Jakup Krasniqi, spokesman for the general headquarters of the KLA, said: "We are definitely going to the talks with our proposals." It marked the first time the rebels have agreed to participate in negotiations.
The KLA will today name its negotiators for the talks, which are the last hope of averting more death and suffering for the population of Kosovo. The rebels' acceptance of the international community's summons to the talks at the chateau of Rambouillet means that all the main players on the Albanian side have agreed to attend, and the world is now waiting for the answer of the Serbian President, Slobodan Milosevic.
Nato has threatened air strikes if the Serbs do not come to the negotiating table. James Rubin, the US State Department spokesman, said: "I think the Serb side will be making a big, big mistake if they doubt the determination of Nato to use military power if they fail to show up at these negotiations."
Despite indications from several figures around Mr Milosevic that the Serbs would attend, the President has handed the decision to parliament, which is to vote tomorrow.
Nato has also imposed a deadline of two weeks from Saturday for a deal to be reached, but what will happen if and when the talks start at Rambouillet remains in question. Mr Krasniqi said yesterday that the KLA would call a referendum on independence from Yugoslavia after any interim autonomy plan, expected to last three years, runs out.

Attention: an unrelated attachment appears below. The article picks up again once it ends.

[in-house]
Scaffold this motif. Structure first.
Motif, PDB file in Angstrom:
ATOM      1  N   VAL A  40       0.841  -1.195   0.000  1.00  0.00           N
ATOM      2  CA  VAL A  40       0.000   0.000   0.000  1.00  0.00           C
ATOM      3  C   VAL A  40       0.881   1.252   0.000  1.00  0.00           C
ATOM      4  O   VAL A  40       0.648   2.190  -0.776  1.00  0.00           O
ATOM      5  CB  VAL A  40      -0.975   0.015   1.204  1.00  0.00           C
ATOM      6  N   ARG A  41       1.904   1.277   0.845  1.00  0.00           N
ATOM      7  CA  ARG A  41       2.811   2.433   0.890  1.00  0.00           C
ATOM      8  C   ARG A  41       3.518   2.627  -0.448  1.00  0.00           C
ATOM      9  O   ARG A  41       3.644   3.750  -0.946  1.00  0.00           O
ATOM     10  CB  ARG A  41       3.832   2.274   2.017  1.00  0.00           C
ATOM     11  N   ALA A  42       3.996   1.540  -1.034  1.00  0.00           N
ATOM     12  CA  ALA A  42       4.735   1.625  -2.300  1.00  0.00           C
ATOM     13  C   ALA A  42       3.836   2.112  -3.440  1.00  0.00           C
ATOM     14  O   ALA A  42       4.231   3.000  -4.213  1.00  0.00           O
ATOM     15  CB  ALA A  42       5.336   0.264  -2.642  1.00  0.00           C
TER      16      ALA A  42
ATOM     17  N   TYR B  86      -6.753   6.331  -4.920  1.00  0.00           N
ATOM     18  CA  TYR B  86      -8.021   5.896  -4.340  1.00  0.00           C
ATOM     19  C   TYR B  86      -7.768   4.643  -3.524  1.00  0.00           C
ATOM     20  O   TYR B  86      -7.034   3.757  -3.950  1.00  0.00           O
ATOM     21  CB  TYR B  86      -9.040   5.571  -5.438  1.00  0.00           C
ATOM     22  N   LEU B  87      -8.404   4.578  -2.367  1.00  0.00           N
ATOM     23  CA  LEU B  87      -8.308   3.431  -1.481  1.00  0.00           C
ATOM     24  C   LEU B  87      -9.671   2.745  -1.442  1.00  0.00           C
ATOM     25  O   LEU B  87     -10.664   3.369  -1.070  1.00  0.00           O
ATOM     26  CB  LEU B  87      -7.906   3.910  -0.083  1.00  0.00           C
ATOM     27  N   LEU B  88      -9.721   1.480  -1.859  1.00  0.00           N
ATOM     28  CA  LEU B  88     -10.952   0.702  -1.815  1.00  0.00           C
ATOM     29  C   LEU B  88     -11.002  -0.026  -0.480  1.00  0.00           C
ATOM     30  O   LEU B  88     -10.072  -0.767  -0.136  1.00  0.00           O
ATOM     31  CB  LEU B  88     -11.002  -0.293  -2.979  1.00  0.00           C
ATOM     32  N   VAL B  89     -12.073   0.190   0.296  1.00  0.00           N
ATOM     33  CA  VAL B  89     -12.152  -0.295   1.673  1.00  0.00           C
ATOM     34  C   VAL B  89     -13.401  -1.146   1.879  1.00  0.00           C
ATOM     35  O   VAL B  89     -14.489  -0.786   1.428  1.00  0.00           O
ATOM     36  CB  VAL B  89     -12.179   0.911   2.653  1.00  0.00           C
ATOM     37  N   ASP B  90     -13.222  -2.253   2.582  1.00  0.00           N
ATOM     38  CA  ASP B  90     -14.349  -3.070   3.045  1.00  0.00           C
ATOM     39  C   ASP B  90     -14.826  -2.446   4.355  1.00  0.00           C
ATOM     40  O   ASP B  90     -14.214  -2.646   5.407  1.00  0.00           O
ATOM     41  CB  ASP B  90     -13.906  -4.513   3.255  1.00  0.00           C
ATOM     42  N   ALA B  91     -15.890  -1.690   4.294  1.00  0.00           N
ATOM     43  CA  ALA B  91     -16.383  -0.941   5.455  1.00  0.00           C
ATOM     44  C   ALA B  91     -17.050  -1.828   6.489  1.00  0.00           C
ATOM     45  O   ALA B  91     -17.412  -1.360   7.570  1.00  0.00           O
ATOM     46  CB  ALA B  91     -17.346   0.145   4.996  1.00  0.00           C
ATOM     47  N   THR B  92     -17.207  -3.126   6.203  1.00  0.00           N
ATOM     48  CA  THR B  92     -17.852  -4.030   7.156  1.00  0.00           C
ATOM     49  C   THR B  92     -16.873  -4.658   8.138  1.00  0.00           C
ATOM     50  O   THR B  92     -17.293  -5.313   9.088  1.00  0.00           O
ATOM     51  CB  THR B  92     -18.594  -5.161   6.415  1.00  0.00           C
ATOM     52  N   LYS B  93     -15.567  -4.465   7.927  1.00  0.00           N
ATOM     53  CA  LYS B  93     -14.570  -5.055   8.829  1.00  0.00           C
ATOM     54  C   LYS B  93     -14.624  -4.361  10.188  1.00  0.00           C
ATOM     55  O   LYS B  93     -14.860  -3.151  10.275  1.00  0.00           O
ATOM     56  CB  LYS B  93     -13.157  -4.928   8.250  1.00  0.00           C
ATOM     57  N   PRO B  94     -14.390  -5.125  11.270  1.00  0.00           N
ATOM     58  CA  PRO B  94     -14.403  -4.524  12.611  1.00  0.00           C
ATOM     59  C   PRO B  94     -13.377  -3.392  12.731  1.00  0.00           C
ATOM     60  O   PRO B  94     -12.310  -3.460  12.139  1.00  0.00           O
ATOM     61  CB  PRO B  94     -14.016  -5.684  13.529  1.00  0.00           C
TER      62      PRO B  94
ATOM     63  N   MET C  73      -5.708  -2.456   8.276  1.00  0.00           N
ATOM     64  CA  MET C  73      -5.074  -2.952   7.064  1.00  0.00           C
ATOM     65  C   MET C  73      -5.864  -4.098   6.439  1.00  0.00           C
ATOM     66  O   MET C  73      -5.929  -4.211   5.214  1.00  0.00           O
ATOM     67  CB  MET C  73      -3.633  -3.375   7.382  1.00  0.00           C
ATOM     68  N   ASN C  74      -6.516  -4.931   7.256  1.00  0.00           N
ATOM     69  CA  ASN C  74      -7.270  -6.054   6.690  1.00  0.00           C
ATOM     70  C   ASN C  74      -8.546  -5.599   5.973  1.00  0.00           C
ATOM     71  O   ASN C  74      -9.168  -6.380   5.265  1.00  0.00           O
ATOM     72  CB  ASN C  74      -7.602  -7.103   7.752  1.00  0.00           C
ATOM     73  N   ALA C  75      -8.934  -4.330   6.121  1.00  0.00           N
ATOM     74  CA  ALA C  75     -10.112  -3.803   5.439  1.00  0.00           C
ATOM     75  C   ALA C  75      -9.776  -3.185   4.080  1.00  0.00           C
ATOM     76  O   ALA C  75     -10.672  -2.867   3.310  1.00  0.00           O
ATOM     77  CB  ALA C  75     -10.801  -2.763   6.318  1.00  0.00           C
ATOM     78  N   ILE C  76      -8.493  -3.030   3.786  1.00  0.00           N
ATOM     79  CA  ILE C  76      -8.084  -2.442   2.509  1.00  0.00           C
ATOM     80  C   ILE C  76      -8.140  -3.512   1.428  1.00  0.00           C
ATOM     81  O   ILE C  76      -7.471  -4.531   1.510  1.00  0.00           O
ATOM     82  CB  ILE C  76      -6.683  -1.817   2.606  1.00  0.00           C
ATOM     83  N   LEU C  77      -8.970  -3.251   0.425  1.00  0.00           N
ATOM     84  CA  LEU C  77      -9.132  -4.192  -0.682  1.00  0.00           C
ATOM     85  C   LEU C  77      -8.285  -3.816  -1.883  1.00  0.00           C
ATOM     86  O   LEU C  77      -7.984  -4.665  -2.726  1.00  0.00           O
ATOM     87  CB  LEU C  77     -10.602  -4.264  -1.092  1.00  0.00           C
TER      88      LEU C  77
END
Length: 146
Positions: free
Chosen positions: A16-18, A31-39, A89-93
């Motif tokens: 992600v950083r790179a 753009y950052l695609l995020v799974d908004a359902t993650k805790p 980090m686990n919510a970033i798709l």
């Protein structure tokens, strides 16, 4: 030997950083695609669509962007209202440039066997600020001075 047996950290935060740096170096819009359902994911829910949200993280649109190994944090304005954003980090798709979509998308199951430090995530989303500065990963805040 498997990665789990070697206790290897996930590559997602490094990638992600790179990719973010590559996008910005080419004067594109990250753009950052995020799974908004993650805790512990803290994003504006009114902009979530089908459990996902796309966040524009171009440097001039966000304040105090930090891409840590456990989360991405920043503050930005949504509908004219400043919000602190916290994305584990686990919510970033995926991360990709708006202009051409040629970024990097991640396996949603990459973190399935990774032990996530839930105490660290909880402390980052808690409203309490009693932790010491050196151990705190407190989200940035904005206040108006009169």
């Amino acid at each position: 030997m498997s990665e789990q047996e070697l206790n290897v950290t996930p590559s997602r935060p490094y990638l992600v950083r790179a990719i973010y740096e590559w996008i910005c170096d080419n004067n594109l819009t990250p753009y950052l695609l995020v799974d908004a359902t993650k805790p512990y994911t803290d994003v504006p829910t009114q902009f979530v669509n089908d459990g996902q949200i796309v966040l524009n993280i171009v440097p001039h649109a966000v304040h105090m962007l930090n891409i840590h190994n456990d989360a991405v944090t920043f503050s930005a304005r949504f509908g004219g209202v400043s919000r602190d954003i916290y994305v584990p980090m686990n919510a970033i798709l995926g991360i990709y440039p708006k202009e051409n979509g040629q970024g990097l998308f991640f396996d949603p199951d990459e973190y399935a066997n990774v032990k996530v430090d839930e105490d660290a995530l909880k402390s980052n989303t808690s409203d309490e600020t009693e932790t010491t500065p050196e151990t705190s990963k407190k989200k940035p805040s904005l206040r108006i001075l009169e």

While this appears to be a softening of previous demands by the group for immediate independence, any suggestion that Kosovo should be allowed to break away will be unacceptable to Mr Milosevic. The potential for disunity on the Albanian side was also demonstrated yesterday when Adem Demaci, the KLA political spokesman, said he would recommend to the military command that they stay away from the talks.
"We are being asked to France not to make peace, but to capitulate," he said. "If the Serbs want to negotiate, the first thing they should do is withdraw all their forces from Kosovo."
Hours later, the veteran political figure, who has spent 27 years in Yugoslav jails, was contradicted by Mr Krasniqi.
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